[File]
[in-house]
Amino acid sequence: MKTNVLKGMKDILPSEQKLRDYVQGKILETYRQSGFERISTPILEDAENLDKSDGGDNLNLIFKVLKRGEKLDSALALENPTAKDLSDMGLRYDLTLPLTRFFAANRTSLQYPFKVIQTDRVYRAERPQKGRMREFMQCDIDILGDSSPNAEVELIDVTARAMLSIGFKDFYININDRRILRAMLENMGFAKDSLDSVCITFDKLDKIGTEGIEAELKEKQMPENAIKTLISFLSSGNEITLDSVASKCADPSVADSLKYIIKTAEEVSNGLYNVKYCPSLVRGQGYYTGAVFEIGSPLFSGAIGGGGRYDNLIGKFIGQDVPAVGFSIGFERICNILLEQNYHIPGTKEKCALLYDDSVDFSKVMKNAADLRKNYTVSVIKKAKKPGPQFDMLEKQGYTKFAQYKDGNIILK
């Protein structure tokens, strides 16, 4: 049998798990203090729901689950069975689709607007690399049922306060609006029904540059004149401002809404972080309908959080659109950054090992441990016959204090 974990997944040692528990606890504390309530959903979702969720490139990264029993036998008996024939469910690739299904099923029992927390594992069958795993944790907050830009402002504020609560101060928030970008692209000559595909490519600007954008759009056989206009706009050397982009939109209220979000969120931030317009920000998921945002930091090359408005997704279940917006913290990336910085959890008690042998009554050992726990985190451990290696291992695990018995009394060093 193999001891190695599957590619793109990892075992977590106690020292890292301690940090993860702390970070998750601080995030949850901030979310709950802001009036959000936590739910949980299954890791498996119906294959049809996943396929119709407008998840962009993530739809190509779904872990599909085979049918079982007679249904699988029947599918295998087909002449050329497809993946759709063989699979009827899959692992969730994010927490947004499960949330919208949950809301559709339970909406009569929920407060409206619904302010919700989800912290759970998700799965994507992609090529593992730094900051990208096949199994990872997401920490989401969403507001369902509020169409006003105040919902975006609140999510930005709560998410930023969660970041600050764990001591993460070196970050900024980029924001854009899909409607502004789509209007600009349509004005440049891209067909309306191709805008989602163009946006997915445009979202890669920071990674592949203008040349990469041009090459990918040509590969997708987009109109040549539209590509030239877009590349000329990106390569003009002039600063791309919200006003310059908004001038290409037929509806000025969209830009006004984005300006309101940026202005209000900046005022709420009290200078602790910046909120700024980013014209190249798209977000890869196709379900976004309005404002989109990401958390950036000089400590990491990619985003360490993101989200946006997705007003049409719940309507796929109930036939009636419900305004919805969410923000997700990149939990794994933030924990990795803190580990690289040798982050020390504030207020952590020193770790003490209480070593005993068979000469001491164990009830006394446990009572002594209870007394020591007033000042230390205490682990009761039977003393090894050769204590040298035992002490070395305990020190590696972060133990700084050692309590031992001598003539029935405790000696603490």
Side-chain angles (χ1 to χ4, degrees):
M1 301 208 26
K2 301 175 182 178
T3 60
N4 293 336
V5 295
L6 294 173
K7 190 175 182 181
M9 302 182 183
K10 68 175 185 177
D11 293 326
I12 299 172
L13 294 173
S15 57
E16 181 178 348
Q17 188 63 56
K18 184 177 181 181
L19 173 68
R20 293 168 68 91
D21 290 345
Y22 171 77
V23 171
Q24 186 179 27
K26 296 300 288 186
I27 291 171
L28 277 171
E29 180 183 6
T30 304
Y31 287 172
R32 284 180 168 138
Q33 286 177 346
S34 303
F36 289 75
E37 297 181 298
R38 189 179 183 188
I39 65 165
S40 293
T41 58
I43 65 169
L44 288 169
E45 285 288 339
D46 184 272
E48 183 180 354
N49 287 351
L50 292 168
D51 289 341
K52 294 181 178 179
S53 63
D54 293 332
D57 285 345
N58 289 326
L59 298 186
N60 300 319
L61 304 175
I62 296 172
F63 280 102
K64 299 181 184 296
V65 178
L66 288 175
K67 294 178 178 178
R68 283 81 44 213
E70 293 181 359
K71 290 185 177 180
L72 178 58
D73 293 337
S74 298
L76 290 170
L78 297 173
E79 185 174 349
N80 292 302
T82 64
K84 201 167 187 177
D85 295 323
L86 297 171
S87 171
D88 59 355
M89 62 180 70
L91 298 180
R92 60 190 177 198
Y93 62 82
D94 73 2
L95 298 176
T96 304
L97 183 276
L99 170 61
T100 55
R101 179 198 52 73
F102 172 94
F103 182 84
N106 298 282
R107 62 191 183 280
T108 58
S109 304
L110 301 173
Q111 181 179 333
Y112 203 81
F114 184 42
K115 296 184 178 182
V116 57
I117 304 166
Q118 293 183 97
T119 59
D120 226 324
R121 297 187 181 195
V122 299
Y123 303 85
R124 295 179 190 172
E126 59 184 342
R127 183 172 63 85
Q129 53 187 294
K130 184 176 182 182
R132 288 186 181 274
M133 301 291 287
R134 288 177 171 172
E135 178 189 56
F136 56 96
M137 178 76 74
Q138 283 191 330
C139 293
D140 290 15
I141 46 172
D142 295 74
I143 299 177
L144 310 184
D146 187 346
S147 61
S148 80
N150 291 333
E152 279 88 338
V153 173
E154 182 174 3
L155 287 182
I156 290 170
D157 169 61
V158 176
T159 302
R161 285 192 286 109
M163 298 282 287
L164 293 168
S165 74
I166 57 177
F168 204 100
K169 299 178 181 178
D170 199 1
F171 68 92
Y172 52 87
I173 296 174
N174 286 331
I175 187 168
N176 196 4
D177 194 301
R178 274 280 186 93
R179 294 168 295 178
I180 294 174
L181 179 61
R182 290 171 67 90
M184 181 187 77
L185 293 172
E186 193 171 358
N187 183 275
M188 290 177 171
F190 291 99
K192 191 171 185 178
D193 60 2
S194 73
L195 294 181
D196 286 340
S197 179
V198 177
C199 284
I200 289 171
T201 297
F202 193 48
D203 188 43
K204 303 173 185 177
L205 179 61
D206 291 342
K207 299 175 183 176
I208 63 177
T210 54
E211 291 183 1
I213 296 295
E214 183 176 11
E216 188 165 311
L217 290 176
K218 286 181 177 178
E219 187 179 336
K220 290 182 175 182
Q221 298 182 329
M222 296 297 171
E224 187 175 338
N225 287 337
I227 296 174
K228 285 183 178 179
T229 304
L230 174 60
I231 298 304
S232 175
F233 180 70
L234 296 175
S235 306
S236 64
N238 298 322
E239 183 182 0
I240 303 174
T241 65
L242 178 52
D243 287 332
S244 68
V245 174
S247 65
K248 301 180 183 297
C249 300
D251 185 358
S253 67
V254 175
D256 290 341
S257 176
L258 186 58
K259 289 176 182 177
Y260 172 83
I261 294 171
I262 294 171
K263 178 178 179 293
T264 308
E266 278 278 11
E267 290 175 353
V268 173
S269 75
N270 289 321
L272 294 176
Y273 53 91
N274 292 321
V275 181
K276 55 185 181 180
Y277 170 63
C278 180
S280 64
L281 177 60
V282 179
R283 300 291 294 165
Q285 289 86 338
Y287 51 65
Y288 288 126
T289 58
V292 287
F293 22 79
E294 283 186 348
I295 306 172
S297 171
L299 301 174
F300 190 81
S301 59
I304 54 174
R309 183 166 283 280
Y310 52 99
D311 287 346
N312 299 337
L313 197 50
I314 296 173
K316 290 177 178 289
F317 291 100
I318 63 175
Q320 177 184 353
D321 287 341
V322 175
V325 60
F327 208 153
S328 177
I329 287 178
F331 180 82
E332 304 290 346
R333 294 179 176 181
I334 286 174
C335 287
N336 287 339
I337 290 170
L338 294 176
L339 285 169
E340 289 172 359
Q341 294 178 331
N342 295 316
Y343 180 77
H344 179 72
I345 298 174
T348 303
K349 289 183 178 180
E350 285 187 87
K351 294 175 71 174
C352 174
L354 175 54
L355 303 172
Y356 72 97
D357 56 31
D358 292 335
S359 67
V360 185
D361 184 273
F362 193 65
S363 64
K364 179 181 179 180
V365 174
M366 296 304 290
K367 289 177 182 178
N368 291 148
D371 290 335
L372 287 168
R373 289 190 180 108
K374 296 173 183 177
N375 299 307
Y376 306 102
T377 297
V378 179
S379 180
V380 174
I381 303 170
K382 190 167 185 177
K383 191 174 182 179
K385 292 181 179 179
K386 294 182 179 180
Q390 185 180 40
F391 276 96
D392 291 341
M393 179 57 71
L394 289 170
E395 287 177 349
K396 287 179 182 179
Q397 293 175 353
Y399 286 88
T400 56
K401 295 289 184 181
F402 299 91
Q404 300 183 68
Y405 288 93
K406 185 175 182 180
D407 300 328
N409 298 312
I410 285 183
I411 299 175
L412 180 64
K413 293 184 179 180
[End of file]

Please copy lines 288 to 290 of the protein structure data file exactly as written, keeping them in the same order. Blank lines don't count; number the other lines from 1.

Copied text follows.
I345 298 174
T348 303
K349 289 183 178 180